Hobsbawm. The Making of a Historian and the Making of a Profession

The Internationale of Historians
By Mark Mazower

English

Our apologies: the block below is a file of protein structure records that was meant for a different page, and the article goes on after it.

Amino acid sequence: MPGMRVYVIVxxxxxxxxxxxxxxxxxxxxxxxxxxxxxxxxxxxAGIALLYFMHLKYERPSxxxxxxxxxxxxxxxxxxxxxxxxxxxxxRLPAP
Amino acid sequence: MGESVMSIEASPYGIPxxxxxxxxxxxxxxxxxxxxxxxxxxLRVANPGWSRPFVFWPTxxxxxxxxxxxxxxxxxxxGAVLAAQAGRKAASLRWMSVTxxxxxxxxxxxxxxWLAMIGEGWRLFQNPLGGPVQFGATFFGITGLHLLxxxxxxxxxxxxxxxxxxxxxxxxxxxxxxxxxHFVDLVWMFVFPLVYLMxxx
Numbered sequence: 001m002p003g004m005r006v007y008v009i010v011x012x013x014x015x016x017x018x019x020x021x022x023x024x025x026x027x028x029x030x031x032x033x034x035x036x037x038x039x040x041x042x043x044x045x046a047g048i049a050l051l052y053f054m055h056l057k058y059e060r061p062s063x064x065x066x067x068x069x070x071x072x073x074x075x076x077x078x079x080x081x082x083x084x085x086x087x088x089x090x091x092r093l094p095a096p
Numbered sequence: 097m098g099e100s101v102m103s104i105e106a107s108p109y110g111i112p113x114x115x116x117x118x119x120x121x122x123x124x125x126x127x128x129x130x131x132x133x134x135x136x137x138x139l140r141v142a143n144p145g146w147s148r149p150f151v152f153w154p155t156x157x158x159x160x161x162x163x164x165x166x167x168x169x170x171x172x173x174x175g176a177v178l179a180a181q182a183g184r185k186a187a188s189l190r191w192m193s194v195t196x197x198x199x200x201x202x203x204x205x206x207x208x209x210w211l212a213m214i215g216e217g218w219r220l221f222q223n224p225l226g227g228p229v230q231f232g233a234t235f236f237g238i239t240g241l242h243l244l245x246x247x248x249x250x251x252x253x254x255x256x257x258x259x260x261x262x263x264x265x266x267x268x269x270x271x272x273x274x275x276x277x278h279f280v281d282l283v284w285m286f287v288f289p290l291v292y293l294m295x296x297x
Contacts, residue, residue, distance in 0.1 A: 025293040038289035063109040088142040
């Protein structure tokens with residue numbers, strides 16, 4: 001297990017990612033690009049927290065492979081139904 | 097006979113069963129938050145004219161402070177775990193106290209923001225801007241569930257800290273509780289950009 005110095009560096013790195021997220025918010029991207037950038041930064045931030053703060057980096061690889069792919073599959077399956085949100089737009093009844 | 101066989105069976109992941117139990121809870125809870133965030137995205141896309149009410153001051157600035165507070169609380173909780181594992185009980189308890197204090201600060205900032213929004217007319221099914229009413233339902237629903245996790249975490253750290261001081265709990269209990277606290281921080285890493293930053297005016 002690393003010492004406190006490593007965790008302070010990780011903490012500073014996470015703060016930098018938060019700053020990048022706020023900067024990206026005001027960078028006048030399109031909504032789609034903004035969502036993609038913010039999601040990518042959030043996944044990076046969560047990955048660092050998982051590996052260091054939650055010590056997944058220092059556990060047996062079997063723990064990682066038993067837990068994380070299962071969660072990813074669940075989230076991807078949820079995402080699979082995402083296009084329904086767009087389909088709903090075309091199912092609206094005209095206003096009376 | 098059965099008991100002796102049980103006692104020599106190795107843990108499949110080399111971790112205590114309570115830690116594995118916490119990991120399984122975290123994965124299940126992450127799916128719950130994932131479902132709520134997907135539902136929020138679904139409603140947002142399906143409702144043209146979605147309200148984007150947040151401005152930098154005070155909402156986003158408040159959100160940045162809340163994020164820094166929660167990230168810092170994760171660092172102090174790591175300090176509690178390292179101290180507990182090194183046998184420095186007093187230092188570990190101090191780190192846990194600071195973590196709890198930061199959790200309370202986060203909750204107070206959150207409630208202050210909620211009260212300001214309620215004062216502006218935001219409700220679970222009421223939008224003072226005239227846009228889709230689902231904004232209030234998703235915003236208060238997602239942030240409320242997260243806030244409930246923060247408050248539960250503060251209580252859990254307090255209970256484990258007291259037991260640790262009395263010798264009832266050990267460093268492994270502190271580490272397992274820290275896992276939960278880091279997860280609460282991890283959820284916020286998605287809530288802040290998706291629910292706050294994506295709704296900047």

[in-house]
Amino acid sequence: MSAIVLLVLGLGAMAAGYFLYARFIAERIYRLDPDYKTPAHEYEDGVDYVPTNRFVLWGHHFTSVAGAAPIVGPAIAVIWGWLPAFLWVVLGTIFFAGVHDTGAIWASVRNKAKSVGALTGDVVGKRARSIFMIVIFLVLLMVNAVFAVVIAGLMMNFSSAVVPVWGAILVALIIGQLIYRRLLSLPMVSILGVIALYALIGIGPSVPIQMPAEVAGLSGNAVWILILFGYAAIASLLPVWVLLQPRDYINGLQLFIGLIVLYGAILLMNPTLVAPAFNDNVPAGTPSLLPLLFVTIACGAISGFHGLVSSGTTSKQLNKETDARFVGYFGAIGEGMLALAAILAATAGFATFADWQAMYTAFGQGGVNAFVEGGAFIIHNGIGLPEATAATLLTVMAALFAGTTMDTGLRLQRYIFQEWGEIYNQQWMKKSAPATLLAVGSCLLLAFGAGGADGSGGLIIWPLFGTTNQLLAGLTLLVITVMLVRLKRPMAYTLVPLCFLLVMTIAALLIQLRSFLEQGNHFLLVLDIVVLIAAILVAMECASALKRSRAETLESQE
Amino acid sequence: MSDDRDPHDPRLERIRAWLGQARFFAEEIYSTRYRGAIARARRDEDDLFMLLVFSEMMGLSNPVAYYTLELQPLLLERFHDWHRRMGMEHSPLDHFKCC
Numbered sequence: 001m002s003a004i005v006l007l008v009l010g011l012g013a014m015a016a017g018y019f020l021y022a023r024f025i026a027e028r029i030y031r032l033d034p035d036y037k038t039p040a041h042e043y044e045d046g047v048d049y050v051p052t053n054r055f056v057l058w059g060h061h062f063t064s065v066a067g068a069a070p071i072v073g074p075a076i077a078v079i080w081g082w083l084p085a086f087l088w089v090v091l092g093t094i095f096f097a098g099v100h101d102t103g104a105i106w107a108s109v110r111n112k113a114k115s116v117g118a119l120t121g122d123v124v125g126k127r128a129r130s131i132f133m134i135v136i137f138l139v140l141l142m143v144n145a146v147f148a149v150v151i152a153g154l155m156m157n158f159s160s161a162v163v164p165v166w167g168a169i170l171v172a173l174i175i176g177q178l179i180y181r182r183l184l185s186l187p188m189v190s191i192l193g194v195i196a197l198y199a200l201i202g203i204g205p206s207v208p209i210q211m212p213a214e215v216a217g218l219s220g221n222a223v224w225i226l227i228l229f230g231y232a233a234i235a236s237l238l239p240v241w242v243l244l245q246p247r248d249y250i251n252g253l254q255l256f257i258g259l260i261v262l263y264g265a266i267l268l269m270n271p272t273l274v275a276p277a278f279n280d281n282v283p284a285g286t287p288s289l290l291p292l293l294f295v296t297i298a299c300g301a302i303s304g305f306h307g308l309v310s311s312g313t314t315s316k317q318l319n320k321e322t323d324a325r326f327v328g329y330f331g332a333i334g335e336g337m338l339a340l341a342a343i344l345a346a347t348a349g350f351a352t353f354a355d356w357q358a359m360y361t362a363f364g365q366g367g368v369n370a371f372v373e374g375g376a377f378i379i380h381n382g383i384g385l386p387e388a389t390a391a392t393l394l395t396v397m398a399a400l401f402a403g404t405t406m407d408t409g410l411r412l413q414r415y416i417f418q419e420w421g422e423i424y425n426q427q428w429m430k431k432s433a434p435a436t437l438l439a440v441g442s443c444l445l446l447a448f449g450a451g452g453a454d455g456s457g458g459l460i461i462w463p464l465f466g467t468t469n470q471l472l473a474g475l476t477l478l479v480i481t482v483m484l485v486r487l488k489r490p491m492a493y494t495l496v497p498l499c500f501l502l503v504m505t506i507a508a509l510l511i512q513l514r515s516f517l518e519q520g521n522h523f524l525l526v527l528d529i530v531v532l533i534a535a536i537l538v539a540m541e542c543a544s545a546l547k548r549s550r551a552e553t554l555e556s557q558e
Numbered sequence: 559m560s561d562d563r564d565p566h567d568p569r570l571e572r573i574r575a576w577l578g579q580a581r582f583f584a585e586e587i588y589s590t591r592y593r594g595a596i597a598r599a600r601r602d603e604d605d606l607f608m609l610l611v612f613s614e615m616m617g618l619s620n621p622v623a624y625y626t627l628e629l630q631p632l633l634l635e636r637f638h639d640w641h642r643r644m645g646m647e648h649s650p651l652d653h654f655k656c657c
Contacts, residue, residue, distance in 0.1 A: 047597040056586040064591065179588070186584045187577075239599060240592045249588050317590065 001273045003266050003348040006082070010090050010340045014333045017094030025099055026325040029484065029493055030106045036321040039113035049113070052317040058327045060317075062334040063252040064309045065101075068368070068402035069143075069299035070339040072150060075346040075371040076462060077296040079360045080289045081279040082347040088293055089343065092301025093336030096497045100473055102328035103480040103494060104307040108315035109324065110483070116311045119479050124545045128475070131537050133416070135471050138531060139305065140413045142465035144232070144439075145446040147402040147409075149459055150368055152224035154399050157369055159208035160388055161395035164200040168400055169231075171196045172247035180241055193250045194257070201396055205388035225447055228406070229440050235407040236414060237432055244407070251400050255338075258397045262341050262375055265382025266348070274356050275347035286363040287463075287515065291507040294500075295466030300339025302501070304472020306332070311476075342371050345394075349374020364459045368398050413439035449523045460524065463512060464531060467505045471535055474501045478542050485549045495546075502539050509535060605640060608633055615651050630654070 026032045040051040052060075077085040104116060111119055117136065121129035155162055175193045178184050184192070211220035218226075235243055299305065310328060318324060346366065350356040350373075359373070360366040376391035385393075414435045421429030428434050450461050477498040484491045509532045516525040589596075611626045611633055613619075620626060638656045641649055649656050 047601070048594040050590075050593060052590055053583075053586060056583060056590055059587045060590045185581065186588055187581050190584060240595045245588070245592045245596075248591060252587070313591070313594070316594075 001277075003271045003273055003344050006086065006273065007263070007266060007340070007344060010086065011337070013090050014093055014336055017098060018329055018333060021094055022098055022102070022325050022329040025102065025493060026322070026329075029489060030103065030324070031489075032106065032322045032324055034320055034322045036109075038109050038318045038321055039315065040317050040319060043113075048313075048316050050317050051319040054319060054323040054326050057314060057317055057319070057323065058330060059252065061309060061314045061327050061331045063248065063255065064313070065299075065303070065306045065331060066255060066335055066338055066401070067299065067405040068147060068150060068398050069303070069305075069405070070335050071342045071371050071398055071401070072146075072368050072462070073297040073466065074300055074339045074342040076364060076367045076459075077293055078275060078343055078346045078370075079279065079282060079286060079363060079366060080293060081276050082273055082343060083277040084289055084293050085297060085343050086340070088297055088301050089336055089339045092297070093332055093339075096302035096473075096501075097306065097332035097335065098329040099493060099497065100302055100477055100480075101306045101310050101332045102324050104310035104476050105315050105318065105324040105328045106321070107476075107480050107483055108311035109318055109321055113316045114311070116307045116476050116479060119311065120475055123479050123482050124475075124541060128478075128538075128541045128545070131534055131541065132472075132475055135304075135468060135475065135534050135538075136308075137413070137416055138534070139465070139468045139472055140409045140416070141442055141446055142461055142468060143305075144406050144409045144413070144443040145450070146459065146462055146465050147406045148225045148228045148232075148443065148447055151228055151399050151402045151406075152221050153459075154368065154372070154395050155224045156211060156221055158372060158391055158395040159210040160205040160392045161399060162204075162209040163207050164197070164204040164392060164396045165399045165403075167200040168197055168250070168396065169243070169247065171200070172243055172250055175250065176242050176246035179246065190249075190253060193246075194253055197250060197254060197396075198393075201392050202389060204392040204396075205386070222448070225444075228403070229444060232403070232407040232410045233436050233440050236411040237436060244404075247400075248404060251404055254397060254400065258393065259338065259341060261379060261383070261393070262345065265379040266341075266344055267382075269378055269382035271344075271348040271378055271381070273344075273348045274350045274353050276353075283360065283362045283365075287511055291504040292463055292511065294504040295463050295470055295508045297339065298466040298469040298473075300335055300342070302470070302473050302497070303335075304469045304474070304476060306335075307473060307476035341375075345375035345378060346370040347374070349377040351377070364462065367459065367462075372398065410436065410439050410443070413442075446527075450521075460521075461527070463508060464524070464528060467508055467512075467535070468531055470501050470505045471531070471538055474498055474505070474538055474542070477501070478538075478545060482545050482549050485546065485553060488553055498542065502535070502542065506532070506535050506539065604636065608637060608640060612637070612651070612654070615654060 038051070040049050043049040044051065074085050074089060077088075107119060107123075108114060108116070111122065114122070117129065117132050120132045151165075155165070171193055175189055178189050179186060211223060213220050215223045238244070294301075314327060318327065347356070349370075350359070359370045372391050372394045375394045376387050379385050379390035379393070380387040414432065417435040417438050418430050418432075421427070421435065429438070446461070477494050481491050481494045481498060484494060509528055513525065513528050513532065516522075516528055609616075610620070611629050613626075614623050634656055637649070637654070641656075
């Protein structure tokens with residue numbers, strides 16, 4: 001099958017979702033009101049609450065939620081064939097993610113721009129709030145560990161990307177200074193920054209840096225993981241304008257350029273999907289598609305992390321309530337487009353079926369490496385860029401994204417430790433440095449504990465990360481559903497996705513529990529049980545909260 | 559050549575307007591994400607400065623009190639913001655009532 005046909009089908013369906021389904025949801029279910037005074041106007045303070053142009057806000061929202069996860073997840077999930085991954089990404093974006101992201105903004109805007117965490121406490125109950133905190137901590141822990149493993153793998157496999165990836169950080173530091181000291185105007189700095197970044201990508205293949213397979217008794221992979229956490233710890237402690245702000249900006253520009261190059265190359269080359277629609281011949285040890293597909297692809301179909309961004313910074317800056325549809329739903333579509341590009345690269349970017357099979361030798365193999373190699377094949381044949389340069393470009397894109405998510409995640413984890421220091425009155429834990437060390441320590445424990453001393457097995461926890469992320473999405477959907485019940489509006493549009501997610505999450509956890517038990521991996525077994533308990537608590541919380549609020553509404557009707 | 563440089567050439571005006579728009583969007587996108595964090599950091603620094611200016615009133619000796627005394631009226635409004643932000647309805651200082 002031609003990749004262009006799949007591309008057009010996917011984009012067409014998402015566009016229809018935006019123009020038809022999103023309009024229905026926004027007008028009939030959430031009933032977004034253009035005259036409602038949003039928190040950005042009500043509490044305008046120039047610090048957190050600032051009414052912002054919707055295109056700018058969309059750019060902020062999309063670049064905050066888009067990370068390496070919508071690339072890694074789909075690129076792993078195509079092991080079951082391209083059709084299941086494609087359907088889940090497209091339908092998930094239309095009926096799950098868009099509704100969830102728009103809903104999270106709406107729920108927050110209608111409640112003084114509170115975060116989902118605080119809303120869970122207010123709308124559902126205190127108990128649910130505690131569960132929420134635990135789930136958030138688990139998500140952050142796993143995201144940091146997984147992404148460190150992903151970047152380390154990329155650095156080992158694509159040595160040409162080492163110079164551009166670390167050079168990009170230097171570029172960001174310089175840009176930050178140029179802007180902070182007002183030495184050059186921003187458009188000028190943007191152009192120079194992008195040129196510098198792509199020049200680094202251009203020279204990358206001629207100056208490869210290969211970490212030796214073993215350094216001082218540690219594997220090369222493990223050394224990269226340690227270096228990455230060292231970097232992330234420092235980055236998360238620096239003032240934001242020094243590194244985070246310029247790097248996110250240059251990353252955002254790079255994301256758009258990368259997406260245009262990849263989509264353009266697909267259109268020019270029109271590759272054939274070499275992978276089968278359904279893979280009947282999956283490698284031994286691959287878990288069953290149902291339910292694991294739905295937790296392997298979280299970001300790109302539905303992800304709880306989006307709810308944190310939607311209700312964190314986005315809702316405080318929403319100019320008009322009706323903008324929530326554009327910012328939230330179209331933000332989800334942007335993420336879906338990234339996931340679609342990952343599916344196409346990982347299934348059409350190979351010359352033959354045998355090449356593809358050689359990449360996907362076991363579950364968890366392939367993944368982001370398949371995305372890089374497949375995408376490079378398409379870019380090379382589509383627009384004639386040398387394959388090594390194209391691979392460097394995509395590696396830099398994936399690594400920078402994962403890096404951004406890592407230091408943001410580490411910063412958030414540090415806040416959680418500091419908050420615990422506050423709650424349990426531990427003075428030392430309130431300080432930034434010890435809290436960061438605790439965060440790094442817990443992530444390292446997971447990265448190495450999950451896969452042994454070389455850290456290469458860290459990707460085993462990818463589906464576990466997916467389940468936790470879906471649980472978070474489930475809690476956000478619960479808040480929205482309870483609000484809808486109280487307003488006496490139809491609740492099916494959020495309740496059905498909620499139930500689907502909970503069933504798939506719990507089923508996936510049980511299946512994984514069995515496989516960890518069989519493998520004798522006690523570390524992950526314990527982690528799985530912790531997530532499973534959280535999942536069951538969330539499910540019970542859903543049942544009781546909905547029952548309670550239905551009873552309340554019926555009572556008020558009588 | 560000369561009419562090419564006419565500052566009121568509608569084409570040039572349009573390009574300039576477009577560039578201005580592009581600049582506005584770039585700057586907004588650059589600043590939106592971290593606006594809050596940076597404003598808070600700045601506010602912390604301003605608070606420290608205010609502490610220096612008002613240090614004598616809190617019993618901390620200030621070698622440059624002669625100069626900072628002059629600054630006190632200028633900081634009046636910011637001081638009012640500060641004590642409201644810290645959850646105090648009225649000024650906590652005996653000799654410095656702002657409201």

This article explores the close connections between the English historian Eric Hobsbawm and the historical profession in France, from his attendance at the 1950 international congress of historical sciences to his relationship with Fernand Braudel and others. It demonstrates the importance of the informal network of contacts and influences that emerged around the two men, and between the new institutions – notably the VIe section of the ‘Ecole pratique des hautes études’ and the journal Past and Present – that they helped found and were associated with. This network acted as a catalyst upon the historical profession on both sides of the Atlantic and transformed the way the historical sciences were organised. Initially brought together by a shared interest in economic history and the history of capitalism, an interest which never vanished, its members were at the heart of the rise of social history as a dominant concern of the early modern and modern fields from the 1970s onwards. These intellectual shifts were connected with a new emphasis on the value of history itself as a social science.
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